SATVA encourages ATVers to Ride Safe and Ride Smart
When summer rolls around, there’s nothing quite like hopping on your ATV and embarking on an epic off-roading adventure. In Saskatchewan, there is no shortage of ATV trails to explore, from the Esterhazy Trails to Narrow Hills Provincial Park to the Fort a la Corne area.
Amidst the excitement of once again facing the open road, ATV safety can sometimes get lost in the shuffle for some riders. During ATV Safety Week (June 2 to 11, 2017), the Saskatchewan All-Terrain Vehicle Association (SATVA) is unveiling a new safety campaign reminding ATVers to follow two important safety rules this season: Ride Safe. Ride Smart.
“When an ATVer rides safely and uses their head, they can ensure they get from point A to point B without any incidents,” said John Meed, general manager of SATVA. “Off-roading is one of the greatest summer activities and adopting safe practices will maximize your experience.”
According to SATVA, one of the most important safety steps any ATVer can follow to Ride Smart is wearing a helmet. The group recommends selecting a helmet that fits comfortably and is designated for “off-road” or “motocross” purposes.
“Before even hitting the ATV trail, you must ensure you have the knowledge and make the proper preparations,” Meed said.
What to wear ATVing
SATVA also has some other important tips to Ride Smart. They include wearing the proper gear beyond helmets, such as eye protection, gloves, ankle boots, long pants and a long-sleeved shirt. SATVA is also reminding people that riders ages 12 to 15, or people who don’t have a driver’s license, must take an approved safety course or be supervised by someone who’s had a driver’s license for years. However, the group feels all riders can benefit from the training. SATVA’s final tip to smart riding involves designating an emergency contact and packing a cell phone or walkie talkie.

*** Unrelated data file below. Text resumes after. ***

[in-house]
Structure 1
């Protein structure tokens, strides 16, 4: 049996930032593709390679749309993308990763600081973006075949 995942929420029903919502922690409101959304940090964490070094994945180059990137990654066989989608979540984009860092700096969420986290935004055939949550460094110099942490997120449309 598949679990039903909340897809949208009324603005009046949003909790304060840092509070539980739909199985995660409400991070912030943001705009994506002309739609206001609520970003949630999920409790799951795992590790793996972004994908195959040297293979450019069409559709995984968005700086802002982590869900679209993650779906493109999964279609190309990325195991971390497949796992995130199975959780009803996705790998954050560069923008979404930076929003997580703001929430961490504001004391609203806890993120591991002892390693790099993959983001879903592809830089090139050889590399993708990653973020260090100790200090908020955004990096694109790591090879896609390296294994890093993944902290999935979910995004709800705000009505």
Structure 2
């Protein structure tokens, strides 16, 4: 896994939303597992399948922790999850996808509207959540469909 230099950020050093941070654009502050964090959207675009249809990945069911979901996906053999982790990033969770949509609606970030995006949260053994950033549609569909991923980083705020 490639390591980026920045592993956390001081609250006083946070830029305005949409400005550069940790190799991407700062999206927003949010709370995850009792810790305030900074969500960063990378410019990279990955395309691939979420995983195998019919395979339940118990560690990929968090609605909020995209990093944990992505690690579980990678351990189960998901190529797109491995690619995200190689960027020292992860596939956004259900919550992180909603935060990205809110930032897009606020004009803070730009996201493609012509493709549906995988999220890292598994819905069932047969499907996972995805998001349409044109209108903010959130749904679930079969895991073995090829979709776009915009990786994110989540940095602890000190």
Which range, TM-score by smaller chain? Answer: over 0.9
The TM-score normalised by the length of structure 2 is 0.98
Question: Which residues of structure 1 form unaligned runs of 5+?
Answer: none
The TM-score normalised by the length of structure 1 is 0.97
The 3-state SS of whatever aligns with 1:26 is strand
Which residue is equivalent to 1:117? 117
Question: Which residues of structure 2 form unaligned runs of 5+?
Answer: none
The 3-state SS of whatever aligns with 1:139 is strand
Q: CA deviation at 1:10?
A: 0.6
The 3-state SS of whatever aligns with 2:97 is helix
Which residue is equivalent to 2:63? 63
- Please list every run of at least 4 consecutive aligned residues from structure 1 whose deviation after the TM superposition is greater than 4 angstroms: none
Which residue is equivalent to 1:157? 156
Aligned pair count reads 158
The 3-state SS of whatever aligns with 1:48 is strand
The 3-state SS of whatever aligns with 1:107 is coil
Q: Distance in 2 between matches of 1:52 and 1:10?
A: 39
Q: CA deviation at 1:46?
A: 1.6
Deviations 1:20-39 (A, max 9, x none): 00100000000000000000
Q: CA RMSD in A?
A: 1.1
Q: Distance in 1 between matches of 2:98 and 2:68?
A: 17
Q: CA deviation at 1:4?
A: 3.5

ATV riding tips
To Ride Safe, SATVA notes that drivers shouldn’t attempt tricky manoeuvres follow the speed limit and avoid roads and streets when driving, except to cross the road or go around obstacles. Unless your ATV is designed for more than one passenger, SATVA says you shouldn’t double up because adding a passenger to a quad designed for one rider can change the dynamics of the machine, especially when climbing or descending hills or when manoeuvring around obstacles. The end result can be a roll over.
One of the points SATVA can’t stress enough about safe riding is to not drink and ride. It noted that drinking reduces a rider’s reaction time and impairs their judgement—not to mention the fact that operating an ATV on public or private property while impaired is illegal.
“When it comes down to it, riding safely is all about remaining in control at all times,” Meed said. “By paying close attention to the elements, fellow drivers and pedestrians, you can truly focus on enjoying your off-roading outing.”